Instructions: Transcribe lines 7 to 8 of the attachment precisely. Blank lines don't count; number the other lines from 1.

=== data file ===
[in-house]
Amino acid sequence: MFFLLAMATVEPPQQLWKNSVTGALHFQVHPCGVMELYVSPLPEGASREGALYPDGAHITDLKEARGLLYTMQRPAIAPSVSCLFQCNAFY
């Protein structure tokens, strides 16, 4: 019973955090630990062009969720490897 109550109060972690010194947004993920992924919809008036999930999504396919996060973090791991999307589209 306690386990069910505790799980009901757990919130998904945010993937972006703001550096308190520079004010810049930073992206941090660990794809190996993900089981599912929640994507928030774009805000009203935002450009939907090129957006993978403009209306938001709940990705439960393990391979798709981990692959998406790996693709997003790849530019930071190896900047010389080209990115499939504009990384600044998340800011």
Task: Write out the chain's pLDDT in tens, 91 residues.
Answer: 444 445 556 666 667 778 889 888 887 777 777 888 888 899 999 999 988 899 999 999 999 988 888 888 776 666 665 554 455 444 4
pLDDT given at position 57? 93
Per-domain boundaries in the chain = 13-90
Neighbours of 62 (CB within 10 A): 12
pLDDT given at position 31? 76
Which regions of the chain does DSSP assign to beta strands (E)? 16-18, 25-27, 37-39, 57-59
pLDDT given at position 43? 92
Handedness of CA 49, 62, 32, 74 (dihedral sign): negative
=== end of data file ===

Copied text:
Per-domain boundaries in the chain = 13-90
Neighbours of 62 (CB within 10 A): 12